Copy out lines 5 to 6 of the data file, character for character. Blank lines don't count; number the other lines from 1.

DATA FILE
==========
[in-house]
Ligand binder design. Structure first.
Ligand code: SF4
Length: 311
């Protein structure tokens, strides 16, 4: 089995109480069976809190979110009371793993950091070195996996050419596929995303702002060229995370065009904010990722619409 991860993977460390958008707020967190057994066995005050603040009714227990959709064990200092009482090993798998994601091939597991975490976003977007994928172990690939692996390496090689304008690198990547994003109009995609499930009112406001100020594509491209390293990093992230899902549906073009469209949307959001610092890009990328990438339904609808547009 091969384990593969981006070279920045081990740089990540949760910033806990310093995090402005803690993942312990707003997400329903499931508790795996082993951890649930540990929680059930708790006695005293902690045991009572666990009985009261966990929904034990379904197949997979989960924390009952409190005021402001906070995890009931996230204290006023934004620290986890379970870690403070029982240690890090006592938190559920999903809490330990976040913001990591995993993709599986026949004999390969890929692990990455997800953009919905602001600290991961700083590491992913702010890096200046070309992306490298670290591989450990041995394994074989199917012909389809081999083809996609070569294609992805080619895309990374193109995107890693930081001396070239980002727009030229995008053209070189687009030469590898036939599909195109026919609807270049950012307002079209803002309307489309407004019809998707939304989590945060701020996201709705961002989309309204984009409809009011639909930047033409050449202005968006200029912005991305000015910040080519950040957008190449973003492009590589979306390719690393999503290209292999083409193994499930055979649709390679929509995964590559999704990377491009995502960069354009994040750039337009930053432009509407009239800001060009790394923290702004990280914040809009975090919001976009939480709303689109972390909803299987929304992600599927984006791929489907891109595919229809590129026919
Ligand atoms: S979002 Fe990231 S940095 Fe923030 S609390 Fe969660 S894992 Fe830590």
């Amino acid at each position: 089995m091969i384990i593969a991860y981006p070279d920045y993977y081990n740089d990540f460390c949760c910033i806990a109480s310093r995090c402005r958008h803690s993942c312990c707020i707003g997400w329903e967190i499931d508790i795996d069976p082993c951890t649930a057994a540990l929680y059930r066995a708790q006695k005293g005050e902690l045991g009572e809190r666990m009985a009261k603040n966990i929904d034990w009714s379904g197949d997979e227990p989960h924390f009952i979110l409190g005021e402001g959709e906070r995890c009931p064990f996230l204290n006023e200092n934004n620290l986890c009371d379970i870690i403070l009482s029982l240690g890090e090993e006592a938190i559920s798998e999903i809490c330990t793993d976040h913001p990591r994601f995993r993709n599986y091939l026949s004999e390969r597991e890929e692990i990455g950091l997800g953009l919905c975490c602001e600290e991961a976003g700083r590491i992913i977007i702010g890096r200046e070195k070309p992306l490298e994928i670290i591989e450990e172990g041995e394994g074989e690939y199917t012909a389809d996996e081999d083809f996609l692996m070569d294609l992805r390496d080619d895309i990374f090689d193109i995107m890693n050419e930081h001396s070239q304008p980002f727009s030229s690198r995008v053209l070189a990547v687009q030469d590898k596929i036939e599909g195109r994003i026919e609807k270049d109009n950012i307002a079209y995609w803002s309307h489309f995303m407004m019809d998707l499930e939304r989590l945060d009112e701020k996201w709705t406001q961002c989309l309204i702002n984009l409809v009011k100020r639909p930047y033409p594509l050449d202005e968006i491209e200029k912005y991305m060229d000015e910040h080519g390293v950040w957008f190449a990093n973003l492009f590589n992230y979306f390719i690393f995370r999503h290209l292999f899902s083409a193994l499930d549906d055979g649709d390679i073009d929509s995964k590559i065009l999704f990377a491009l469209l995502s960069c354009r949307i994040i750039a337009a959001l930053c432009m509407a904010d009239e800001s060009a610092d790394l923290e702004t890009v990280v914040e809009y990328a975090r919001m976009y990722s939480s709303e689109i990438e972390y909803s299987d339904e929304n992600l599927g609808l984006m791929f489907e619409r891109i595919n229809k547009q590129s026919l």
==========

């Protein structure tokens, strides 16, 4: 089995109480069976809190979110009371793993950091070195996996050419596929995303702002060229995370065009904010990722619409 991860993977460390958008707020967190057994066995005050603040009714227990959709064990200092009482090993798998994601091939597991975490976003977007994928172990690939692996390496090689304008690198990547994003109009995609499930009112406001100020594509491209390293990093992230899902549906073009469209949307959001610092890009990328990438339904609808547009 091969384990593969981006070279920045081990740089990540949760910033806990310093995090402005803690993942312990707003997400329903499931508790795996082993951890649930540990929680059930708790006695005293902690045991009572666990009985009261966990929904034990379904197949997979989960924390009952409190005021402001906070995890009931996230204290006023934004620290986890379970870690403070029982240690890090006592938190559920999903809490330990976040913001990591995993993709599986026949004999390969890929692990990455997800953009919905602001600290991961700083590491992913702010890096200046070309992306490298670290591989450990041995394994074989199917012909389809081999083809996609070569294609992805080619895309990374193109995107890693930081001396070239980002727009030229995008053209070189687009030469590898036939599909195109026919609807270049950012307002079209803002309307489309407004019809998707939304989590945060701020996201709705961002989309309204984009409809009011639909930047033409050449202005968006200029912005991305000015910040080519950040957008190449973003492009590589979306390719690393999503290209292999083409193994499930055979649709390679929509995964590559999704990377491009995502960069354009994040750039337009930053432009509407009239800001060009790394923290702004990280914040809009975090919001976009939480709303689109972390909803299987929304992600599927984006791929489907891109595919229809590129026919
Ligand atoms: S979002 Fe990231 S940095 Fe923030 S609390 Fe969660 S894992 Fe830590």